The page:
Great Expectations

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By Matthew Janeczko, OFM Cap

Yesterday, I visited a mentor of mine from high school: he is confined to a lazy boy due to a recent stroke.  I could barely make out his words; he couldn’t move his right side and shook my hand with his left.  I brought him communion.  We both cried.  He’s only sixty years old and in his life, he has confronted, in no particular order, leukemia, a heart attack, another bout with cancer, and now a stroke.

His wife now works from home – she sat in an adjacent room, furiously looking over spread sheets and order forms.  She divides her time between work and taking care of her husband.

This wasn’t what they expected when they got married.

I spent Sunday evening with my parents.  They’ve been married since  1981.   They’ve had three sons.  My mother is a nine-year cancer survivor.  She still needs frequent check-ups and every blood test brings me to my knees, “Please, Lord, you know what to do…”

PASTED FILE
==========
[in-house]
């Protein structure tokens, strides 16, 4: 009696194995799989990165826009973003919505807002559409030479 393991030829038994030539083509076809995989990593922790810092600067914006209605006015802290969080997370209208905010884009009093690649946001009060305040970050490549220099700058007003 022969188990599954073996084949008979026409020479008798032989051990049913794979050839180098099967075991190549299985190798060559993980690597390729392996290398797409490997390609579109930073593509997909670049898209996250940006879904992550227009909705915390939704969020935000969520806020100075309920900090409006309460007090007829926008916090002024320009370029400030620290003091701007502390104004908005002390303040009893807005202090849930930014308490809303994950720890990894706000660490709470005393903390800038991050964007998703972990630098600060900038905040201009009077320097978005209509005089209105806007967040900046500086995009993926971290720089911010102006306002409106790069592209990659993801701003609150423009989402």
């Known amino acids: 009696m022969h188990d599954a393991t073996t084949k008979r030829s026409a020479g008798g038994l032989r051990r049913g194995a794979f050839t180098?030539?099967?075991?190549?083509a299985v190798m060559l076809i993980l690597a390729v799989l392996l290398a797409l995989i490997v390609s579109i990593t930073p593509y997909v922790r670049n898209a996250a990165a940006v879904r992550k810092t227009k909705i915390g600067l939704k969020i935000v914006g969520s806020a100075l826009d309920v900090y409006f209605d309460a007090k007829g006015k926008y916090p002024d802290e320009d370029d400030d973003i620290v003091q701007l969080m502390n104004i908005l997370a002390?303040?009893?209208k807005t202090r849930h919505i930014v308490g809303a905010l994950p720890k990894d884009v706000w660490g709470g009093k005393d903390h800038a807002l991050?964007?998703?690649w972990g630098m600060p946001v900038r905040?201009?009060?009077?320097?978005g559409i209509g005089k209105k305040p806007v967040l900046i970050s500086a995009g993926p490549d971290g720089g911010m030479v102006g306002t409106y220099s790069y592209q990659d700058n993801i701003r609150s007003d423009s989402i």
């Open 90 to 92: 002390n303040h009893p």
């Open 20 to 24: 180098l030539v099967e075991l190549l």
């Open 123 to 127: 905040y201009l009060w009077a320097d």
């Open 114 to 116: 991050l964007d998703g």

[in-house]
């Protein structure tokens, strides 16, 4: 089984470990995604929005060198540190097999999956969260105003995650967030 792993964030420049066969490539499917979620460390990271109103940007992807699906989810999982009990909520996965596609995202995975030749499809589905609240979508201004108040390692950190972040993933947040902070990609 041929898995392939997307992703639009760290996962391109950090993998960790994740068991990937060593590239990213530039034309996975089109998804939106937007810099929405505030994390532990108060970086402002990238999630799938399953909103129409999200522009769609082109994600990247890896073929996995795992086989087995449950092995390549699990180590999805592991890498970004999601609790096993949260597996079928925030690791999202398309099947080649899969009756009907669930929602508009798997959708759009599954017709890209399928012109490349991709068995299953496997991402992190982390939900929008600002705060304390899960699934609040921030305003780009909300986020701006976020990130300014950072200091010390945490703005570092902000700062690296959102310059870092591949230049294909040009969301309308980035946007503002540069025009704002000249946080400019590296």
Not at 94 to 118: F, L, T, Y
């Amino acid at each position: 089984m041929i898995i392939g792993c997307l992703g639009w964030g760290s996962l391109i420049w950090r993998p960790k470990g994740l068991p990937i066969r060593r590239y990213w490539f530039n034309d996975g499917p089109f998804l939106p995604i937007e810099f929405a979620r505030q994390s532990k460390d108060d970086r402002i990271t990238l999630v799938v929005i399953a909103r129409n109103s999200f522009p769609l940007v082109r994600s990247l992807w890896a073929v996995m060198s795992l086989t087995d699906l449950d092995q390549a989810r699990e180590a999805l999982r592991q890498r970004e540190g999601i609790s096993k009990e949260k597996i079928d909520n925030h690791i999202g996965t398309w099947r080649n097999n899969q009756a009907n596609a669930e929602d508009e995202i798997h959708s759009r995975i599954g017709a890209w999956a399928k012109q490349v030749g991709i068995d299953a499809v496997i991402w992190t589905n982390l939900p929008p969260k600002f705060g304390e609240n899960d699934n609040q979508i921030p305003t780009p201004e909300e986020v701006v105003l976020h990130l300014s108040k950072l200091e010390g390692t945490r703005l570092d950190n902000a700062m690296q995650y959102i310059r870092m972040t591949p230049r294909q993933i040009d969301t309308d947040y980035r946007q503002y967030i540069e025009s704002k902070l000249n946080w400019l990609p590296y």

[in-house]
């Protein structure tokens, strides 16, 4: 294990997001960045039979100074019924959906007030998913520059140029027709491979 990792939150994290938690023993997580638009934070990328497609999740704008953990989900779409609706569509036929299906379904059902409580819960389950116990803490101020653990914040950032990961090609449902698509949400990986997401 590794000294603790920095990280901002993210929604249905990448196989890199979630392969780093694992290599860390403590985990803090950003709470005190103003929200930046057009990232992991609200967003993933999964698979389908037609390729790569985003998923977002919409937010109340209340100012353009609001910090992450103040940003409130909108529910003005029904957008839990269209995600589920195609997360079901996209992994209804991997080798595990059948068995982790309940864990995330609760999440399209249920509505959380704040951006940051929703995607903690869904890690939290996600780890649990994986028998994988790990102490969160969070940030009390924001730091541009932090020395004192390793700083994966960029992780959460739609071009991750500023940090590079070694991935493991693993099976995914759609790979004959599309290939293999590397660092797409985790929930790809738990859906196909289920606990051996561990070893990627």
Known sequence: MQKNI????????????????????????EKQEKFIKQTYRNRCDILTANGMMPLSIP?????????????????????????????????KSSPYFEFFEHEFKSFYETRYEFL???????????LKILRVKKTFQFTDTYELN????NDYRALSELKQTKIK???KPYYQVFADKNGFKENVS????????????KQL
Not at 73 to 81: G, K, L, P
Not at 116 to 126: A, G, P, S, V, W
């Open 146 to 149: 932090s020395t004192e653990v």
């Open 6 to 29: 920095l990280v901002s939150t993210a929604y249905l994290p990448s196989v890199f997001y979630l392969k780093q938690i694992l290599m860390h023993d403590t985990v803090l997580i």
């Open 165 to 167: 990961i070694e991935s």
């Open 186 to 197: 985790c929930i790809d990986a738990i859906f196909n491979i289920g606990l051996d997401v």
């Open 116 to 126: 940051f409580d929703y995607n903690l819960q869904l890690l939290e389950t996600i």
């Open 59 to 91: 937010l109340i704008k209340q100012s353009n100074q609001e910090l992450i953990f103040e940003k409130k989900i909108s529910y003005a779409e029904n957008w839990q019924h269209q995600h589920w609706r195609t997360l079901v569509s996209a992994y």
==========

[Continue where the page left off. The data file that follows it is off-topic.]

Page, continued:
This wasn’t what they expected when they got married.

There’s a terrific woman I know, she has given her life to working within her parish.  Somehow the topics of names of children got brought up.  She spoke about her son’s name that she hardly got to use because he died when only few months old.  I found out afterwards she’s buried two sons.

This wasn’t what she expected when she got married.

The list could go on and on.

But I don’t think I need to do so.  I’m always taken when I witness a marriage by the promises the couple makes: to do something for a lifetime, to commit one’s self to another person until one of them isn’t (quite literally) around any longer.  I know that we don’t live in a fairy tale world and that there are plenty of reasons why these vows don’t persist until the end (and sometimes, there are very good reasons for this).  But in reviewing the posts these past weeks about marriage (and we’re expecting more in the coming days), I can’t help but stand in awe, not of weddings, but of marriages.  They’re so incredibly beautiful precisely because they’re so unexpected: the sorrows and joys, the hopes and the fears.

But I need to stop writing at the moment, because I need to meet with a couple about their wedding.  I know what to say about that day, but their marriage? It won’t be what they’re expecting.

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